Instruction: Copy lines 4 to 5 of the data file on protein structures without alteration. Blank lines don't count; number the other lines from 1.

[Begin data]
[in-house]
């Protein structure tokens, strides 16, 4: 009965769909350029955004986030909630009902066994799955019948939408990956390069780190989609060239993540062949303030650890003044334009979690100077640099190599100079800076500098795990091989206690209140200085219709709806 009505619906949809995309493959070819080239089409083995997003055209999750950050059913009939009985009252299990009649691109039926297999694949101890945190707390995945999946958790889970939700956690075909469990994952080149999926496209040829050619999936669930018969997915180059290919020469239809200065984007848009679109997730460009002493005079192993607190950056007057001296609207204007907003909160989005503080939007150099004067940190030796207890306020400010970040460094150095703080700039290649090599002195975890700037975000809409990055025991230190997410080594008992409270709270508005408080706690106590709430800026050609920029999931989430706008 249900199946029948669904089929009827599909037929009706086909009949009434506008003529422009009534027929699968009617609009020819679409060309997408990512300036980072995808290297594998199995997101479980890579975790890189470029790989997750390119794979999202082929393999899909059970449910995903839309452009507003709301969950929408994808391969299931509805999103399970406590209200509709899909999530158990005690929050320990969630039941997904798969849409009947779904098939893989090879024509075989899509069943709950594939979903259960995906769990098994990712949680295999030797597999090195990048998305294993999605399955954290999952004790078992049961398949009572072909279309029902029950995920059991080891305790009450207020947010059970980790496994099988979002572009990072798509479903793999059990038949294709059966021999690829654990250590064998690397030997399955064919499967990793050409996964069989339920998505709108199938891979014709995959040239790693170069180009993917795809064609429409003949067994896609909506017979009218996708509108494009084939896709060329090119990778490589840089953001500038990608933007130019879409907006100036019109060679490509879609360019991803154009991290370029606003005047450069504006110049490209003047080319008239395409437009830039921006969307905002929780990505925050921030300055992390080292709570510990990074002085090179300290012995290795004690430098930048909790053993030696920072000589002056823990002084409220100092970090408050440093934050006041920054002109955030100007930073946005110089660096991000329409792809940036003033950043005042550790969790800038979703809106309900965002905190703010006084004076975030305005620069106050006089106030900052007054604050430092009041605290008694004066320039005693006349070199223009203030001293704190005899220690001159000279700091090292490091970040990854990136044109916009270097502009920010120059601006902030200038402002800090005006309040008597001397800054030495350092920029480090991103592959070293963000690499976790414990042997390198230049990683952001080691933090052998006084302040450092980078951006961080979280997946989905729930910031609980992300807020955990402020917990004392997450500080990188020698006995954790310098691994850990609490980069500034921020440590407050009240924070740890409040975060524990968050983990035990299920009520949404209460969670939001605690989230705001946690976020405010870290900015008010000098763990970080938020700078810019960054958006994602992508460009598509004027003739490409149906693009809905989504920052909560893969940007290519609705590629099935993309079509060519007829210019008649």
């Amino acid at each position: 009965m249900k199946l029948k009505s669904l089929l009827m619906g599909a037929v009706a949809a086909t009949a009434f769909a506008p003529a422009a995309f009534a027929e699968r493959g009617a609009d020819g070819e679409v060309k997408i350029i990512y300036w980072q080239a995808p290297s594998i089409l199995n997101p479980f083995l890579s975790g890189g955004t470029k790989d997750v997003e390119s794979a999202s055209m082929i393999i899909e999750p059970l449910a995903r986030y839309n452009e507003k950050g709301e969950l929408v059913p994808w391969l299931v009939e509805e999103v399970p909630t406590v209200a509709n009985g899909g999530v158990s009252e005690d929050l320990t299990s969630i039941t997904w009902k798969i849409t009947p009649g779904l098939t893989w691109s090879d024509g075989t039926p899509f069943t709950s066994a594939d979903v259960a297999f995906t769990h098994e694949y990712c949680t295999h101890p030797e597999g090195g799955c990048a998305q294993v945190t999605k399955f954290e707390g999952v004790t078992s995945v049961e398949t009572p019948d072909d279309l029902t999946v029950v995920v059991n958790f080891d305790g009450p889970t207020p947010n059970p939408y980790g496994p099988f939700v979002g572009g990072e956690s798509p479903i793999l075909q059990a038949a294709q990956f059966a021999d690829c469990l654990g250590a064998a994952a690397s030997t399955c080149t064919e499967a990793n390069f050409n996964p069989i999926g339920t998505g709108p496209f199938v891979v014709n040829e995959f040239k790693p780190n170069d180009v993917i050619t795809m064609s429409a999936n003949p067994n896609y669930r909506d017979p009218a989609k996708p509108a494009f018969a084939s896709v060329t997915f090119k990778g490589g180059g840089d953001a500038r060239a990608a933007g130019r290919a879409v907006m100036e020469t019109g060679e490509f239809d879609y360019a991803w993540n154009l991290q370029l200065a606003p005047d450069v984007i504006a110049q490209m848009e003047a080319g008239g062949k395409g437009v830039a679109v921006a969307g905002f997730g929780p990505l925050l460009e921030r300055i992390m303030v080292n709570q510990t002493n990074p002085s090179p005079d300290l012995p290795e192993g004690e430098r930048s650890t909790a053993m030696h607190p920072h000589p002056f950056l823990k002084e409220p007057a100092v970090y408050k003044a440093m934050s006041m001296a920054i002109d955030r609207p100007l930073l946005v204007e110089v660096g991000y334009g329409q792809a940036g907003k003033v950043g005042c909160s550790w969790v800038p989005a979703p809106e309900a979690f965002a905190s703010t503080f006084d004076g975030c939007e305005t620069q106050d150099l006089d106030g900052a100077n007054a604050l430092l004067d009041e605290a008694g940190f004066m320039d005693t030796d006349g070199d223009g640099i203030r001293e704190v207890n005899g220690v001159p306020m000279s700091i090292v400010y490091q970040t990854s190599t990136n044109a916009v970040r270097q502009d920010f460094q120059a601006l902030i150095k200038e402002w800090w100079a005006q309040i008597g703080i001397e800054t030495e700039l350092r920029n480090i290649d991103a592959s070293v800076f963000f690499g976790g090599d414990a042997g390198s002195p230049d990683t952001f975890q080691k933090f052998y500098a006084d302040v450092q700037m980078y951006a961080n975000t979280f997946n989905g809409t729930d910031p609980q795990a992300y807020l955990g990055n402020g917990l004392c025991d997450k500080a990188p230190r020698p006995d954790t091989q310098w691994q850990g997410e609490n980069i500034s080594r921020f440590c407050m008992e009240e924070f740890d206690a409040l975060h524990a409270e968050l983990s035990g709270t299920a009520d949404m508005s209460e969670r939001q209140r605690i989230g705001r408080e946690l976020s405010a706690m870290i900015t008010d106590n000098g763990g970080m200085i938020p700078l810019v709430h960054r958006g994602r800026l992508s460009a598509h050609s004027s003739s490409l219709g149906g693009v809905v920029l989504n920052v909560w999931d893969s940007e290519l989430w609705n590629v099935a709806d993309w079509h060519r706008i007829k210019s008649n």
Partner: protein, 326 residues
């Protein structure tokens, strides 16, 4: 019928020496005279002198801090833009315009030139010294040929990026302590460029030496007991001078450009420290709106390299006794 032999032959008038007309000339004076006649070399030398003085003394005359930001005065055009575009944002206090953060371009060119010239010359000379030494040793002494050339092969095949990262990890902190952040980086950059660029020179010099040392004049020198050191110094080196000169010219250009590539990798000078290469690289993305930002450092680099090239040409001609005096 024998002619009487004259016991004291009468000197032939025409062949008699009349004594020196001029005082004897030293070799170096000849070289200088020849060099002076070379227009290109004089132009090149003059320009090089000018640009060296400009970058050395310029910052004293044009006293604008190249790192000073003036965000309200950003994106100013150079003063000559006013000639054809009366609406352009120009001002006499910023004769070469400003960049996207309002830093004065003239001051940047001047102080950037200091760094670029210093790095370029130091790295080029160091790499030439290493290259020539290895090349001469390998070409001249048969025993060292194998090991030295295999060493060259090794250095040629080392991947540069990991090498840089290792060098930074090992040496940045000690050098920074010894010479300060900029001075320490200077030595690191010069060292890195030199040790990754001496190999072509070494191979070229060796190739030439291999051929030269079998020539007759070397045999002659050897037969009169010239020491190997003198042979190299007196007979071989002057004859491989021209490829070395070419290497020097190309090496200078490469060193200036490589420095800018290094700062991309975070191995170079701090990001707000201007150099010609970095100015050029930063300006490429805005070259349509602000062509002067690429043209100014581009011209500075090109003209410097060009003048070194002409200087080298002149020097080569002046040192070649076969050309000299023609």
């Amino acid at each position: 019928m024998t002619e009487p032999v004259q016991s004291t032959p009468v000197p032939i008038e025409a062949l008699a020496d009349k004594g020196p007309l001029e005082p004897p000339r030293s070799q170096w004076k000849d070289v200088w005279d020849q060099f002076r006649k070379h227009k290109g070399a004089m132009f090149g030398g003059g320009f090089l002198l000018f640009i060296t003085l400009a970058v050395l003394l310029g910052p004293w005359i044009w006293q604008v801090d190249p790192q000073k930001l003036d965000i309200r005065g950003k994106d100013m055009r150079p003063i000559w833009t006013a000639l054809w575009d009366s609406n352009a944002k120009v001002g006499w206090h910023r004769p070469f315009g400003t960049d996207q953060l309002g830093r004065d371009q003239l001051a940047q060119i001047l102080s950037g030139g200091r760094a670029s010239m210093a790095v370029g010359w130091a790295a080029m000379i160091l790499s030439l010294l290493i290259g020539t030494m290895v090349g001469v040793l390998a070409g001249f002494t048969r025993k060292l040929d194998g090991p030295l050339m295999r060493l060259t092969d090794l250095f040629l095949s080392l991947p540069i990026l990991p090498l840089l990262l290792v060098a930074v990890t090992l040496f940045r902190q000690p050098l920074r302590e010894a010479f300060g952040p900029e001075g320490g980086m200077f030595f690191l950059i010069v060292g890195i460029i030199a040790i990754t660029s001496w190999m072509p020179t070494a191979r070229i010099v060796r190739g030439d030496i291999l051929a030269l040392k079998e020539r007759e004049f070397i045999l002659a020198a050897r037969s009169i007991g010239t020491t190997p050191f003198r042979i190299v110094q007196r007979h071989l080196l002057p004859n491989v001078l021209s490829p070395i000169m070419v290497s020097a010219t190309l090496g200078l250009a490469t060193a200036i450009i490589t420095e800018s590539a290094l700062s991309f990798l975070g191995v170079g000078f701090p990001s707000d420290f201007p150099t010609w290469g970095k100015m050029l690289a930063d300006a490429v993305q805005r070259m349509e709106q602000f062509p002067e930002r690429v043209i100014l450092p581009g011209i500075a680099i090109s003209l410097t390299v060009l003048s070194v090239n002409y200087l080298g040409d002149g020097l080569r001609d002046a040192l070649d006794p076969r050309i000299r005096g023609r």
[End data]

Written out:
Partner: protein, 326 residues
């Protein structure tokens, strides 16, 4: 019928020496005279002198801090833009315009030139010294040929990026302590460029030496007991001078450009420290709106390299006794 032999032959008038007309000339004076006649070399030398003085003394005359930001005065055009575009944002206090953060371009060119010239010359000379030494040793002494050339092969095949990262990890902190952040980086950059660029020179010099040392004049020198050191110094080196000169010219250009590539990798000078290469690289993305930002450092680099090239040409001609005096 024998002619009487004259016991004291009468000197032939025409062949008699009349004594020196001029005082004897030293070799170096000849070289200088020849060099002076070379227009290109004089132009090149003059320009090089000018640009060296400009970058050395310029910052004293044009006293604008190249790192000073003036965000309200950003994106100013150079003063000559006013000639054809009366609406352009120009001002006499910023004769070469400003960049996207309002830093004065003239001051940047001047102080950037200091760094670029210093790095370029130091790295080029160091790499030439290493290259020539290895090349001469390998070409001249048969025993060292194998090991030295295999060493060259090794250095040629080392991947540069990991090498840089290792060098930074090992040496940045000690050098920074010894010479300060900029001075320490200077030595690191010069060292890195030199040790990754001496190999072509070494191979070229060796190739030439291999051929030269079998020539007759070397045999002659050897037969009169010239020491190997003198042979190299007196007979071989002057004859491989021209490829070395070419290497020097190309090496200078490469060193200036490589420095800018290094700062991309975070191995170079701090990001707000201007150099010609970095100015050029930063300006490429805005070259349509602000062509002067690429043209100014581009011209500075090109003209410097060009003048070194002409200087080298002149020097080569002046040192070649076969050309000299023609």